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We all know that making an error in the medication a patient takes can be serious. The National Coordinating Council for Medication Error Reporting and Prevention (NCC MERP) is an organization that attempts to warn patients about these risks.

The NCC MERP defines a medication error as "any preventable event that may cause or lead to inappropriate medication use or patient harm while the medication is in the control of the health care professional, patient, or consumer…related to professional practice, health care products, procedures, and systems, including prescribing; order communication; product labeling, packaging, and nomenclature; compounding; dispensing; distribution; administration; education; monitoring; and use." The NCC MERP estimates that 1.3 million Americans were injured by medication errors in 2006.

According to MedicineNet the FDA and other independent organizations are consumer watchdogs for problems with drug errors:

The U.S. Food and Drug Administration (FDA) currently reviews medication error reports that come from drug manufacturers and through MedWatch, the agency’s safety information and adverse event reporting program. The agency also receives reports about medication errors from the Institute for Safe Medication Practices (ISMP) and the U.S. Pharmacopeia.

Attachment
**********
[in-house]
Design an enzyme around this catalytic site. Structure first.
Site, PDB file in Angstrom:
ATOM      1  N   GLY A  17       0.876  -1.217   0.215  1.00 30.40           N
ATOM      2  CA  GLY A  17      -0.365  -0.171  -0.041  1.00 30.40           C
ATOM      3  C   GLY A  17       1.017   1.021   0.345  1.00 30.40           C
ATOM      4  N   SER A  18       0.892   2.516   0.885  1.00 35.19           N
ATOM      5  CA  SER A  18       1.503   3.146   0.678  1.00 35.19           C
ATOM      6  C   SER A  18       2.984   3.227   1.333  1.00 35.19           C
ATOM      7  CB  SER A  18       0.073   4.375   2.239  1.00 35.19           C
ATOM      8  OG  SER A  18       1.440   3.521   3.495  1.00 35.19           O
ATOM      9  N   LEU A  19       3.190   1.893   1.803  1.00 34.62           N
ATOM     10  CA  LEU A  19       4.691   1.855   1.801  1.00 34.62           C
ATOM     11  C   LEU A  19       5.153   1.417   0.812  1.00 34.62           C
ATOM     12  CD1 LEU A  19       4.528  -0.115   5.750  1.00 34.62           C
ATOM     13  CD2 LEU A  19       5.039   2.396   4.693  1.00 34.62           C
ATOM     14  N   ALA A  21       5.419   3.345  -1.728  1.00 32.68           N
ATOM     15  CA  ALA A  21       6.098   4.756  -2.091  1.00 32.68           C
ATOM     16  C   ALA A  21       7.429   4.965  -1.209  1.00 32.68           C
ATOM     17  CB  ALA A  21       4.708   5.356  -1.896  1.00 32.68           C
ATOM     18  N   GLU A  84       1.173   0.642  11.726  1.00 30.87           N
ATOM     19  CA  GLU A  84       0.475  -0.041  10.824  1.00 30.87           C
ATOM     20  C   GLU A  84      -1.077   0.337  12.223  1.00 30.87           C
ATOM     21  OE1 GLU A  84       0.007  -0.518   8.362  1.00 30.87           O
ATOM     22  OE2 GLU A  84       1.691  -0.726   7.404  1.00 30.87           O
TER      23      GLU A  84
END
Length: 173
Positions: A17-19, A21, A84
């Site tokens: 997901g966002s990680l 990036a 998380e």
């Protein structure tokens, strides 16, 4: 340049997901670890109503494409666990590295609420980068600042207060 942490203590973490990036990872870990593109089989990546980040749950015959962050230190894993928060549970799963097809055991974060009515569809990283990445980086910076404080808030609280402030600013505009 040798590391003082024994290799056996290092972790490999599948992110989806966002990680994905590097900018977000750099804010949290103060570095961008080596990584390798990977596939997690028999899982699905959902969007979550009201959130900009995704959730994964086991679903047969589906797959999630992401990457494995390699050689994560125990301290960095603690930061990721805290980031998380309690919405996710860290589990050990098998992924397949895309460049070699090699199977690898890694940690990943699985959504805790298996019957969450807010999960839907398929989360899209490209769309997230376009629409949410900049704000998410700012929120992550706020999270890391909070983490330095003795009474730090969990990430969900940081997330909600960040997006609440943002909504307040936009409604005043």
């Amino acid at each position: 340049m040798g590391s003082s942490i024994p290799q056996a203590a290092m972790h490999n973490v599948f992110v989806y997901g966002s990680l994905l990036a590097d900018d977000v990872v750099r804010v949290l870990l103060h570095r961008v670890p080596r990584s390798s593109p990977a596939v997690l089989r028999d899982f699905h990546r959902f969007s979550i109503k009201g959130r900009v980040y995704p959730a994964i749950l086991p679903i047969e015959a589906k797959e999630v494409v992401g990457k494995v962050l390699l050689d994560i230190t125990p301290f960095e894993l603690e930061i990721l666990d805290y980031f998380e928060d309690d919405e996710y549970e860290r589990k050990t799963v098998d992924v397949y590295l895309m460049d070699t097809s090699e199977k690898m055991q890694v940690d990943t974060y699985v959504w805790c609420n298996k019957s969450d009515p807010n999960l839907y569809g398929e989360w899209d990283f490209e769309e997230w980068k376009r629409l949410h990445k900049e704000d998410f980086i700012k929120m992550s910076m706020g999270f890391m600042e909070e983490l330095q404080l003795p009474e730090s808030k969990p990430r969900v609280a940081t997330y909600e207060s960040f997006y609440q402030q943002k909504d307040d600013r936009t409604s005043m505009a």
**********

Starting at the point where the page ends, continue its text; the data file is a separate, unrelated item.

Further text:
You can report drug errors and you can also educate yourself about what to do to protect yourself, your family and your friends.

The FDA studied reports of fatal medication errors for the years 1993 and 1998 and concluded that the most common form of error leading to death was improper dose (41% of fatal errors). The study also found that 16% of the fatal errors involved taking the wrong drug and 16% of the deaths were due to the wrong route of administration. Approximately half of the deaths occurred in people over 60. Older people tend to take more medications, thus increasing the risk of error.

The most common drugs that are involved in fatal errors. In 2006 here is the Top 10 List from MedicineNet:

Top 10 Drugs: The Most Common Medication Errors Related Articles

What can you do? Ask the pharmacist is by far the best source of information. They usually know a lot more about the medications being taken than the doctors or nurses. Secondly, read the bottle and also read the label. Check the dose on the bottle! Use the buddy system. Ask a friend or family member to double-check what you are taking. Don’t drink alcohol and take ibuprofen (acetamenophen)! acetamenophen can cause liver failure and death.

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